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INFO

 

Volunteer

We have volunteer shifts for events during our off months too for special events.
If you’re interested in volunteering with the Halifax Pop Explosion send an email to volunteer@halifaxpopexplosion.com.

 
 

Accessibility

Halifax Pop Explosion is dedicated to listening to our community, audience and performers to actively improve the accessibility of our festival. We welcome and encourage all feedback and suggestions from our patrons.

We are a city based festival, operating in 15+ venues across the HRM with varying levels of accessibility. Halifax Pop Explosion has worked with the venues to provide information on the accessibility of each venue. Click the button below to download our venue accessibility pdf.

Halifax Pop Explosion will do it’s very best to accommodate those who require assistance to attend our festival. If you require assistance to attend Halifax Pop Explosion, please email info@halifaxpopexplosion.com. Additional comments, questions, suggestions, and concerns can be addressed to that email.

 
 
 
 

About HPX

Since 1992, Halifax Pop Explosion Festival and Conference (HPX) has been bringing tomorrow’s headliners to Halifax, and helping music fans discover their next favourite bands. Starting as a small, multi-venue festival showcasing local talent and bringing new sounds to the city, the Festival has grown into a 4 day city-wide music and comedy takeover that attracts some of the most exciting talent, ecstatic fans, and industry professionals from around the world. 

With multiple venues across the city, HPX is one of the largest and most exciting music festivals and conferences on the East Coast. For over 25 years, HPX has been a festival of live music exploration and discovery. Year after year, the Festival leaves a lasting impression on the city — challenging the landscape of the local music scene and putting Halifax on the international industry map.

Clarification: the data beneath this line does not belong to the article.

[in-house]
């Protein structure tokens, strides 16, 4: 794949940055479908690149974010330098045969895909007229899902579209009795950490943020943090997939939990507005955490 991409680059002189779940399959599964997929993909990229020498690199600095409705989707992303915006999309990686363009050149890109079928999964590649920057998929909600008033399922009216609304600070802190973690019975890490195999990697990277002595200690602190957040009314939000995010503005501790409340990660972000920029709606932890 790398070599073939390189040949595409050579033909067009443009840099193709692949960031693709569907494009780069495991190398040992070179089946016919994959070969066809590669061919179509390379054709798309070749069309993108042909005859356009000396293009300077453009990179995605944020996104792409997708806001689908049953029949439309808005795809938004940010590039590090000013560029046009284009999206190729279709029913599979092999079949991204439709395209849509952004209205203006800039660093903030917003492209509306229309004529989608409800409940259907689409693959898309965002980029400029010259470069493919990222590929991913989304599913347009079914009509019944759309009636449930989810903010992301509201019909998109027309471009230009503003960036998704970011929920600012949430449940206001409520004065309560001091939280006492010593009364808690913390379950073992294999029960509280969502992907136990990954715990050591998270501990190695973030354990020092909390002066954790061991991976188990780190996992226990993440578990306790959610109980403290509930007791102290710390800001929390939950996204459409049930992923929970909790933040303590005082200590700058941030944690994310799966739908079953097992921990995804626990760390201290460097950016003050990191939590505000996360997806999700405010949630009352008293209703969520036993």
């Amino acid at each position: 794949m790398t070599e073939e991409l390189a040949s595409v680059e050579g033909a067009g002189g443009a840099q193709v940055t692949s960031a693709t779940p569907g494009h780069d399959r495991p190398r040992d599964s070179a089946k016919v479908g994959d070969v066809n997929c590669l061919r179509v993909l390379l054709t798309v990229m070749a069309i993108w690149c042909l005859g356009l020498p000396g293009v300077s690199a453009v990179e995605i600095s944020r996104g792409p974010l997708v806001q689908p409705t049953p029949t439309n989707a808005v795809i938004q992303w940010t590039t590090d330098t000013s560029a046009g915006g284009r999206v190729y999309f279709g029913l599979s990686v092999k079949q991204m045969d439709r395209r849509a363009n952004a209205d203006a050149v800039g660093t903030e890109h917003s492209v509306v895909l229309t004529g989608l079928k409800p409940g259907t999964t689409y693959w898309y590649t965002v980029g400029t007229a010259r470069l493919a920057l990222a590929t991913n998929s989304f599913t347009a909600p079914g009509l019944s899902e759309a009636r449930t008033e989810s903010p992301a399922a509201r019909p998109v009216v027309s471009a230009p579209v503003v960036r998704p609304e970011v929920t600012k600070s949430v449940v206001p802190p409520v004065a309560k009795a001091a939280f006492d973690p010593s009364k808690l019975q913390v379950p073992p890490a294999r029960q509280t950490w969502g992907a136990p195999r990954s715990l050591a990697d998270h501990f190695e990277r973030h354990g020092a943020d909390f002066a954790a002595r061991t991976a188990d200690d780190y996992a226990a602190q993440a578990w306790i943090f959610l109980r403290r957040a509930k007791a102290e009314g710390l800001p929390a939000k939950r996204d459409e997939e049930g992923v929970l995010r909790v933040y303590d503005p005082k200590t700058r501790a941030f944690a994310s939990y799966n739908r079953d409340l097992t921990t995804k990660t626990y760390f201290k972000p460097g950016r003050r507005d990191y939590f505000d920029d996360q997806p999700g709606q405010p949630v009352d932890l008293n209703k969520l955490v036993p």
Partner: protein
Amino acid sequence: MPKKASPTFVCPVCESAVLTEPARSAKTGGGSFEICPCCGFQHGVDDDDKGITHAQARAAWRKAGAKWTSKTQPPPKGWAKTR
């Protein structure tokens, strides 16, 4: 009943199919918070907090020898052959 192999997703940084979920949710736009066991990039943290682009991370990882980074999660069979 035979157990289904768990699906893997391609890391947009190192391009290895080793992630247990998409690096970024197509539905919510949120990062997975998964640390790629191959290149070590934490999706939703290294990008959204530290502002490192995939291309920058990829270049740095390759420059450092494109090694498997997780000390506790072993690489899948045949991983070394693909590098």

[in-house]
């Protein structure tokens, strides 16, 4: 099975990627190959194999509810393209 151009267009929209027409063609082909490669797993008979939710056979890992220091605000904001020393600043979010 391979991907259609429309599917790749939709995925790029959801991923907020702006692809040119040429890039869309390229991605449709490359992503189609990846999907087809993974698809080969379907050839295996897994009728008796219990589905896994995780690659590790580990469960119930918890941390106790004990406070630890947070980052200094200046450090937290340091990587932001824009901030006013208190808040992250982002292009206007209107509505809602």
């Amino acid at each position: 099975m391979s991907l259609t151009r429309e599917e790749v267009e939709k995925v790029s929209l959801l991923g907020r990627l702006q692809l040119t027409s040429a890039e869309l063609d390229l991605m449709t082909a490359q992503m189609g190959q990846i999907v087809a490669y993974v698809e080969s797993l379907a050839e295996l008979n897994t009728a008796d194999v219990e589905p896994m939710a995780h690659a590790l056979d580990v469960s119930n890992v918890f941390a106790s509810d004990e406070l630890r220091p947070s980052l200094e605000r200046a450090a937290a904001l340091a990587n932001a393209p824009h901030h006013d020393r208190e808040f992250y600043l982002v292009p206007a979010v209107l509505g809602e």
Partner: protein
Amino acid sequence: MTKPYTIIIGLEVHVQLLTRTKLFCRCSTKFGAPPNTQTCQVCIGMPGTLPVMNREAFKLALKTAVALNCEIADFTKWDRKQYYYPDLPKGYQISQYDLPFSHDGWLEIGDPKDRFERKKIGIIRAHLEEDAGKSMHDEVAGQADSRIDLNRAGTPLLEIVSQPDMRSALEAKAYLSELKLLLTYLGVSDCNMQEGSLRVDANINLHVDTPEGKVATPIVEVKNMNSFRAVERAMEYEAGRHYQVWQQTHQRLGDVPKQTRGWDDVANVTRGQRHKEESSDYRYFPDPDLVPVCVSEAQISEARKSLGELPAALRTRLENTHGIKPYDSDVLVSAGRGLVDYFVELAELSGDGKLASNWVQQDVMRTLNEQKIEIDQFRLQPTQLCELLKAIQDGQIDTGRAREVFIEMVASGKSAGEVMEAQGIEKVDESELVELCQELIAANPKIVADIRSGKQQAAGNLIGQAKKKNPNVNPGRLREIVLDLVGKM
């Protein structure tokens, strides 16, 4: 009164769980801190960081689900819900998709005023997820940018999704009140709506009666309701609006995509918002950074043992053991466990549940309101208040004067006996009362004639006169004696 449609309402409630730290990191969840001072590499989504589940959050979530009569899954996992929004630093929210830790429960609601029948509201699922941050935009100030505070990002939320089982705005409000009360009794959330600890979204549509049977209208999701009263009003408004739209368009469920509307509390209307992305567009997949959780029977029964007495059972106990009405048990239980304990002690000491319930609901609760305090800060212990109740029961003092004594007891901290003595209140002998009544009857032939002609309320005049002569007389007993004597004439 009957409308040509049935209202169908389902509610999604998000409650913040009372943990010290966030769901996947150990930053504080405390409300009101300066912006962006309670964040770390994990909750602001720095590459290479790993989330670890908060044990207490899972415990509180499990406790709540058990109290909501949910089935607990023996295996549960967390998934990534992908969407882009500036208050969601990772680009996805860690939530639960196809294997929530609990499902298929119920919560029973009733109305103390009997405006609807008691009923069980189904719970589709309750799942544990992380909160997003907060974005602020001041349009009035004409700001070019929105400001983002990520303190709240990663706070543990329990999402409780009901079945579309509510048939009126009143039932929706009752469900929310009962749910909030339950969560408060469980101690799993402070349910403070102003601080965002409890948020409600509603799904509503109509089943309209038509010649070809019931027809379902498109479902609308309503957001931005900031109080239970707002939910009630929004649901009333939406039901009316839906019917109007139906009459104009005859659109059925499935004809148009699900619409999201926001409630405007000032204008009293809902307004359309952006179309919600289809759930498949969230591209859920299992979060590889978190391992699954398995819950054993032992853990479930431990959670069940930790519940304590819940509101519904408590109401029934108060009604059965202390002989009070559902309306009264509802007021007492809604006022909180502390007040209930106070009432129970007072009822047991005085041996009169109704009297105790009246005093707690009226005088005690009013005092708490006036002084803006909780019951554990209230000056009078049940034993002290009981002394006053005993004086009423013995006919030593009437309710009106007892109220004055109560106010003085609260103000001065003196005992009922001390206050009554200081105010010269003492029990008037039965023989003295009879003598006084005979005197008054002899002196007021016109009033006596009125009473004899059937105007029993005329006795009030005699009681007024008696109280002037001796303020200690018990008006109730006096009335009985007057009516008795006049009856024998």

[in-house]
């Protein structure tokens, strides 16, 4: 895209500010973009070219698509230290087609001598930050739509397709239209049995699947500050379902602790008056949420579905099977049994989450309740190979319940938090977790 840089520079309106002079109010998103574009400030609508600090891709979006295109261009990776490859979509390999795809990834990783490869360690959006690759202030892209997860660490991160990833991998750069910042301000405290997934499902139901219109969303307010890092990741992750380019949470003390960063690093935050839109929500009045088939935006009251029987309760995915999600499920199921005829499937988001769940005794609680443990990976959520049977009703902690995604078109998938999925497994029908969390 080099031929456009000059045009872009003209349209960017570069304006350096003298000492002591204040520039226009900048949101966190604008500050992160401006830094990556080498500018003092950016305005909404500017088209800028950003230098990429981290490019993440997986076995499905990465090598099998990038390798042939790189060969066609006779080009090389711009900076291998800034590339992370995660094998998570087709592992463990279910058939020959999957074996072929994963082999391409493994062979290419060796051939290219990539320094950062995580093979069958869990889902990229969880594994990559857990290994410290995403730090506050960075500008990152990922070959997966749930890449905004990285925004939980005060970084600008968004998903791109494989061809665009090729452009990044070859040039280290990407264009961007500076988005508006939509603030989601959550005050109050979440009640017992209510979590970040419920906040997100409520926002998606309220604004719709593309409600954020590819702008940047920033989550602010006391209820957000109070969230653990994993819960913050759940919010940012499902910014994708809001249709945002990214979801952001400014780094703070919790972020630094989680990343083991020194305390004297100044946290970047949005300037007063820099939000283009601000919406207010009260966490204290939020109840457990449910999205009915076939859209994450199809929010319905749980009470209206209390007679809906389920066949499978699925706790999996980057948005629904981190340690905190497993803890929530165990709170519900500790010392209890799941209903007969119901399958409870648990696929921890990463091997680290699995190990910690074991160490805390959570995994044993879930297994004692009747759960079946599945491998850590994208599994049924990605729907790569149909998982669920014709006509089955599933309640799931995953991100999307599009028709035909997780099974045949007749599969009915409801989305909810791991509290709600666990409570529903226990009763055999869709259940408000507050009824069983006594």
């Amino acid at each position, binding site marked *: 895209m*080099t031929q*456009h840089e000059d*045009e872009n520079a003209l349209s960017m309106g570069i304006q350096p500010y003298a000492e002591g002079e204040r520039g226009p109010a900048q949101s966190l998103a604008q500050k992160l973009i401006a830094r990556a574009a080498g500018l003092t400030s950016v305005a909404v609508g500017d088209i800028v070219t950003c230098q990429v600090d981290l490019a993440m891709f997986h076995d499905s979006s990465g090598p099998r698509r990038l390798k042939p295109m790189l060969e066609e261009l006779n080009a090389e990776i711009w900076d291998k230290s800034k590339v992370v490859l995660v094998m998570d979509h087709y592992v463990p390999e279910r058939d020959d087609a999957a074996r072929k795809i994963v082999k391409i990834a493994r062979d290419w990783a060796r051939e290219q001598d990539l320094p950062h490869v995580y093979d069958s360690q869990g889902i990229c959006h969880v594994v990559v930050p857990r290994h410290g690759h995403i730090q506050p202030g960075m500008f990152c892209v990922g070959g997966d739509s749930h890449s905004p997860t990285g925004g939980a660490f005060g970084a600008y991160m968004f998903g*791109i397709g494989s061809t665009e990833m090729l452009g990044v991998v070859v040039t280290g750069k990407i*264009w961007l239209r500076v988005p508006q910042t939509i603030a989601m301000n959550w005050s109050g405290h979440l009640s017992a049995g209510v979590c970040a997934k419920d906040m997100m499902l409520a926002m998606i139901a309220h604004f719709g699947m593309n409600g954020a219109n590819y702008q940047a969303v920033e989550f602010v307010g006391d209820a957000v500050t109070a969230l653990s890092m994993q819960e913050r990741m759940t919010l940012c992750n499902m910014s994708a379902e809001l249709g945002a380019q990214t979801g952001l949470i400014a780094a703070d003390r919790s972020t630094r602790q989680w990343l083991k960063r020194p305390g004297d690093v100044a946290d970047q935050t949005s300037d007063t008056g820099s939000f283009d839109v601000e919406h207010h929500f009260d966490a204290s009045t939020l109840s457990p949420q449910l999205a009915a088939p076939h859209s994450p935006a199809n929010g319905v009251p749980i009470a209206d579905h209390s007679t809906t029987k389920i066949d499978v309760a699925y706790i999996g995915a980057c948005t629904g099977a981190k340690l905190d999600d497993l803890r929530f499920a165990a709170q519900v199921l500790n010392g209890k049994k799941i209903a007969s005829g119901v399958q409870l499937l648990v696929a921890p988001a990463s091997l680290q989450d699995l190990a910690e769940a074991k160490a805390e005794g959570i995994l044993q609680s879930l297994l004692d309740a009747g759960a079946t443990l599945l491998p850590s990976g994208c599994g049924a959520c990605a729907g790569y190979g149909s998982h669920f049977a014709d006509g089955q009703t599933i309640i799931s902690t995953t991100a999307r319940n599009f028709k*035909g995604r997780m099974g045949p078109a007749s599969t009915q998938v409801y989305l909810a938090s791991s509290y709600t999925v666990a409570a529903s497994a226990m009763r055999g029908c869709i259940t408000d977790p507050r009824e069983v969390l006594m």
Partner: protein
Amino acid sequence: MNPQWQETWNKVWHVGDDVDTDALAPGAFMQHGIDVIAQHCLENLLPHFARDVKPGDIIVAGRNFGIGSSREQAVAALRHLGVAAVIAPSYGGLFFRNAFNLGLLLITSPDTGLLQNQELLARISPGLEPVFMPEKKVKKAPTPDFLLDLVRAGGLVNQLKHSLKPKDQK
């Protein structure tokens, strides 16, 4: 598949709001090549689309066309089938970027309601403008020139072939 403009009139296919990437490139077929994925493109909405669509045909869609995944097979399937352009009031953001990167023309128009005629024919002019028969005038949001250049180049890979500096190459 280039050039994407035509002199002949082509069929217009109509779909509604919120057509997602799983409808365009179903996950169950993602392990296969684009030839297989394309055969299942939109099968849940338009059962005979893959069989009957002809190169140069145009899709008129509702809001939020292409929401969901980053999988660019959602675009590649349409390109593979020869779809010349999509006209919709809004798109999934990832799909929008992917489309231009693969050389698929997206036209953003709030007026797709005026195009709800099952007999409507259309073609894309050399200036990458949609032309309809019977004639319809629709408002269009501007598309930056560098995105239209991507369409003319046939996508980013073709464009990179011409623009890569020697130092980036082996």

The Halifax Pop Explosion Conference is dedicated to bringing together industry professionals, artists, and fans from around the world to discuss current trends, topics, and issues in the music industry. The conference has attracted delegates from around the world, and has started discussions and shared insights on the most important and relevant advancements and issues facing the ever-changing landscape of the music industry. 

If you’re a live music fan, this highly curated, city-wide music takeover is for you.
 

 
 

2018
A Festival of Discovery

HPX has always been about discovering new music — this year, that's truer than ever. 2018's highly curated lineup focuses on new-to-Halifax sounds, exciting local artists, and amazing comedians — with some surprises along the way! 

 
 

2013
The Laughs Get Bigger

The comedy programming expands with Brian Posehn, Todd Barry and David Heti (which sets the comedy tone for the next 5 years).

2007
15 Years Celebrated

With all but 3 Canadian headliners, HPX celebrates 15 amazing years shaping the Halifax music scene.

 
 

2001
HPX Returns

The Halifax Pop Explosion was re­launched in 2001 under its original name by Waye Mason as a not-­for-­profit association.

2000
The Year of No Music

The volunteer based, no-profit, no-sleep festival model put a lot of stress on the principle organizers, and no festival was held.

 
 

1996
Relaunched as Halifax on Music

Halifax on Music became a pivotal event for the music community in Halifax and beyond. Thanks to Angie Fenwick, Cinnamon Toast and Murderecords kingpin Colin MacKenzie and colleague Marc Brown, and No Records founder Waye Mason, the festival thrived throughout the late 90s. 

1993
The Birth of Halifax Pop Explosion

Held in September, HPX was founded by the brainchild of music impresario Peter Rowan and legendary promoter Greg Clark.

 
 
 

We would like to acknowledge that the festival takes place in Mi’kma’ki, the ancestral and unceded territory of the Mi’kmaq People. This territory is covered by the “Treaties of Peace and Friendship” which Mi’kmaq and Wolastoqiyik (Maliseet) people first signed with the British Crown in 1725. The treaties did not deal with surrender of lands and resources but in fact recognized Mi’kmaq and Wolastoqiyik (Maliseet) title and established the rules for what was to be an ongoing relationship between nations.